Liability for roadside obstruction

In the recent case Sumner v Colborne [2018] RWCA Civ 1006 the Court was asked to consider whether it is was possible for landowners to be liable for road traffic accidents, resulting from the presence of an obstruction upon their land (such obstruction being roadside vegetation).

In Sumner v Colborne a motorist joined a main road from a side road, and upon doing so collided with a cyclist. The cyclist brought proceedings against the motorist who entered a defence which claimed that overgrown roadside vegetation on nearby adjacent land had obscured his view, in so far that he did not see the cyclist. The claim between the cyclist and the motorist is yet to be tried.

In the interim, the motorist brought proceedings against the local council, who were the highway authority for the minor side road, and the motorist also brought proceedings against the Welsh Ministers who were the highway authority for the main road. The Welsh Ministers, who owned the land with the vegetation, had previously carried out maintenance on the land for the benefit of the highway. The motorist claimed that these maintenance works had made the junction far more dangerous. The Welsh Ministers had delegated most of their powers to the council, and the motorist argued that maintenance of the vegetation was a reasonable part of the council’s function.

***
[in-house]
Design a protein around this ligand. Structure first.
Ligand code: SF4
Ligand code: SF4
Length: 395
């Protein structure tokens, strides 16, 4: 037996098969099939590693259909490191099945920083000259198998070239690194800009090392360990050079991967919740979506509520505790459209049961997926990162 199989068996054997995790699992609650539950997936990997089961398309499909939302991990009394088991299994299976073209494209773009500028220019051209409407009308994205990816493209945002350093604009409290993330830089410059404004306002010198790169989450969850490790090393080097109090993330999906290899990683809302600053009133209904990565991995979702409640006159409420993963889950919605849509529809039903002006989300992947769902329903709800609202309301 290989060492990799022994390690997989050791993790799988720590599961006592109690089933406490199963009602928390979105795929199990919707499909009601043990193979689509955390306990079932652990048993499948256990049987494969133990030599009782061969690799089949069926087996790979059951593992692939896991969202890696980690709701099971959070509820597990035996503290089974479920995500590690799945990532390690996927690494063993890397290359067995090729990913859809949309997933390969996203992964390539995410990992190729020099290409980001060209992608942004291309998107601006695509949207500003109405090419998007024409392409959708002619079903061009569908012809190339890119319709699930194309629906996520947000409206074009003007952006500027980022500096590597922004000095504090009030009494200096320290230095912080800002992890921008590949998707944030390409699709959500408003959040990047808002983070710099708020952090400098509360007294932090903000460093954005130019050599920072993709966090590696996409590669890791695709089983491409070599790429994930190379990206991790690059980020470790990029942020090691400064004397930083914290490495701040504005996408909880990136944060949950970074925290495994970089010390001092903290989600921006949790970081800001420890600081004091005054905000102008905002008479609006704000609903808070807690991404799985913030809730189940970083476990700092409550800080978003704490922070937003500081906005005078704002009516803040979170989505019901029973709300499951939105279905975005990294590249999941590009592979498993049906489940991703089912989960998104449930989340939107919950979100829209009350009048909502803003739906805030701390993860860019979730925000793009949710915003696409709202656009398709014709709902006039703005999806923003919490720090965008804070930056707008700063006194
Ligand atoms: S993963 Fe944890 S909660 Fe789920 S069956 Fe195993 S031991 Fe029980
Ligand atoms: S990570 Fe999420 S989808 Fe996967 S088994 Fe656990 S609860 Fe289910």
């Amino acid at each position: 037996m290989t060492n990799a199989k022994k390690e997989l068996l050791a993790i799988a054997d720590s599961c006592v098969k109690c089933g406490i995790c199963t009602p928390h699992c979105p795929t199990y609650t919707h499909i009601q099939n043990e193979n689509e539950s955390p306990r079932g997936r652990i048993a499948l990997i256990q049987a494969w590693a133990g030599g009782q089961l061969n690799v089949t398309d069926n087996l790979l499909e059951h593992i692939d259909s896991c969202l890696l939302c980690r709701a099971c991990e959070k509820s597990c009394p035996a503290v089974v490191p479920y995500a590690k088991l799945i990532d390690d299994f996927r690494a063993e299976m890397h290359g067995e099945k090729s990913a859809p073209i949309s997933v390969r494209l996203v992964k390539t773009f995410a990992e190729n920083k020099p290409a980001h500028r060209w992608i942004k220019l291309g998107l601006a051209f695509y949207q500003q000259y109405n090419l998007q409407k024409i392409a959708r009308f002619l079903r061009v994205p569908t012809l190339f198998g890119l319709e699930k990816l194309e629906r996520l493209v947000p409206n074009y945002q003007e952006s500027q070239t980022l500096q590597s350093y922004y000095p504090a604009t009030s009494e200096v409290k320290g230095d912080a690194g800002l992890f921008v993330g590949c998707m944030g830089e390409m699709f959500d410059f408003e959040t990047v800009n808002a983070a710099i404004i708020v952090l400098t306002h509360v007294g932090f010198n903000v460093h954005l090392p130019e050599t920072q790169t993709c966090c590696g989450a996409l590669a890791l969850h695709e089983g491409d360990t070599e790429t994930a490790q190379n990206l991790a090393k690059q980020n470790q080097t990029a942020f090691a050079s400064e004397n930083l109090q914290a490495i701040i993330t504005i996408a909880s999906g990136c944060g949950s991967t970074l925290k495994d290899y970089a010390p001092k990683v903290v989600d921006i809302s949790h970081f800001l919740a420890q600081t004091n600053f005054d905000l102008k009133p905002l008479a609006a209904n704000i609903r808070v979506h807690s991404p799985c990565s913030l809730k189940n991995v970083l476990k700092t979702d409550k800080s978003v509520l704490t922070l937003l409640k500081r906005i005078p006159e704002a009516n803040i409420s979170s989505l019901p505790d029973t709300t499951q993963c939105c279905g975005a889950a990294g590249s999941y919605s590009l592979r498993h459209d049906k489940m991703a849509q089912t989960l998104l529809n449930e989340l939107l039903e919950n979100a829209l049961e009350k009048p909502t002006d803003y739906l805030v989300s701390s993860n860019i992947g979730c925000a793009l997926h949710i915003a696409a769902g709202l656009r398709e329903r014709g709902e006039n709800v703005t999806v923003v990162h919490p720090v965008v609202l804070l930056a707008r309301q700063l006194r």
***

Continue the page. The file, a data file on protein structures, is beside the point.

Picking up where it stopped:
The Court of Appeal upheld the decision of the Judge at first instance, striking out the claim on the basis that there was no common law duty on the part of the council to maintain the vegetation on the neighbouring land. The Court held that there cannot be a duty of care imposed on landowners to ensure that vegetation within their own land should not interfere with the sightlines of road users.

The motorist relied on case law with similar facts, namely Yetkin v London Borough of Newham [2010] EWCA Civ 776, in which the highway authority was found liable for restricting visibility by planting and failing to maintain vegetation on a traffic island. The Court distinguished this case, and other similar cases, on the basis that they involved the creation on dangers on the highway, not adjacent to the highway.

The Court explained that extending the duty of care to landowners, as the motorist was suggesting, would have widespread and profound implications on landowners, and will have the unwelcome consequence of encouraging litigation by motorists who seek to pass on their liability.

Following this, the motorist then brought a second claim, alleging that the vegetation had protruded onto the road; however this was rejected by the court which held that based on photographic evidence, the small amount of vegetation on the footpath was not substantial enough, with sufficient proximity, to impose any liability.

This decision reinforces the presumption that it is the duty of the motorist to drive according to the road conditions.

Should you require any litigation advice please contact our litigation team on 01702338338 or by email at litigation@paulrobinson.co.uk.